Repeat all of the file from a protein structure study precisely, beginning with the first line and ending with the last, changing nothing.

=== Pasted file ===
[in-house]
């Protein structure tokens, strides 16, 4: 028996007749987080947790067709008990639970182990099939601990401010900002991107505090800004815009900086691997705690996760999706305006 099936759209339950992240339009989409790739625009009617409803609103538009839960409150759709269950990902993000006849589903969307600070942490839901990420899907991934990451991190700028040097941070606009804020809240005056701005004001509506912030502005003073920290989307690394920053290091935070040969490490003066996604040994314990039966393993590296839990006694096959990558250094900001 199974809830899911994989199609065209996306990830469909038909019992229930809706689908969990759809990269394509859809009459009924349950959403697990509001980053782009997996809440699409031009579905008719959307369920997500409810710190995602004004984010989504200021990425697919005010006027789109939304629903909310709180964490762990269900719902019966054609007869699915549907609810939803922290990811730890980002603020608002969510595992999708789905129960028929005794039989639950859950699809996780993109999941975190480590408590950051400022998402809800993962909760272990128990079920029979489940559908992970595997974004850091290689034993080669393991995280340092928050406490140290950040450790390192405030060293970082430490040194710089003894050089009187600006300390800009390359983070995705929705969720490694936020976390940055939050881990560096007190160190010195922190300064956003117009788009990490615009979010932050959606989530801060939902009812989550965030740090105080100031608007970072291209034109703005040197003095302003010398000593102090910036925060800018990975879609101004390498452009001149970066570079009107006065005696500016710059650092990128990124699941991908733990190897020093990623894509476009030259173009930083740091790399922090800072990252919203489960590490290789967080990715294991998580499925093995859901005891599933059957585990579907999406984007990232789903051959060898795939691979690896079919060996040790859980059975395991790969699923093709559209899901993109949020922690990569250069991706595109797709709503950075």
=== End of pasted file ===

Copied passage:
[in-house]
């Protein structure tokens, strides 16, 4: 028996007749987080947790067709008990639970182990099939601990401010900002991107505090800004815009900086691997705690996760999706305006 099936759209339950992240339009989409790739625009009617409803609103538009839960409150759709269950990902993000006849589903969307600070942490839901990420899907991934990451991190700028040097941070606009804020809240005056701005004001509506912030502005003073920290989307690394920053290091935070040969490490003066996604040994314990039966393993590296839990006694096959990558250094900001 199974809830899911994989199609065209996306990830469909038909019992229930809706689908969990759809990269394509859809009459009924349950959403697990509001980053782009997996809440699409031009579905008719959307369920997500409810710190995602004004984010989504200021990425697919005010006027789109939304629903909310709180964490762990269900719902019966054609007869699915549907609810939803922290990811730890980002603020608002969510595992999708789905129960028929005794039989639950859950699809996780993109999941975190480590408590950051400022998402809800993962909760272990128990079920029979489940559908992970595997974004850091290689034993080669393991995280340092928050406490140290950040450790390192405030060293970082430490040194710089003894050089009187600006300390800009390359983070995705929705969720490694936020976390940055939050881990560096007190160190010195922190300064956003117009788009990490615009979010932050959606989530801060939902009812989550965030740090105080100031608007970072291209034109703005040197003095302003010398000593102090910036925060800018990975879609101004390498452009001149970066570079009107006065005696500016710059650092990128990124699941991908733990190897020093990623894509476009030259173009930083740091790399922090800072990252919203489960590490290789967080990715294991998580499925093995859901005891599933059957585990579907999406984007990232789903051959060898795939691979690896079919060996040790859980059975395991790969699923093709559209899901993109949020922690990569250069991706595109797709709503950075």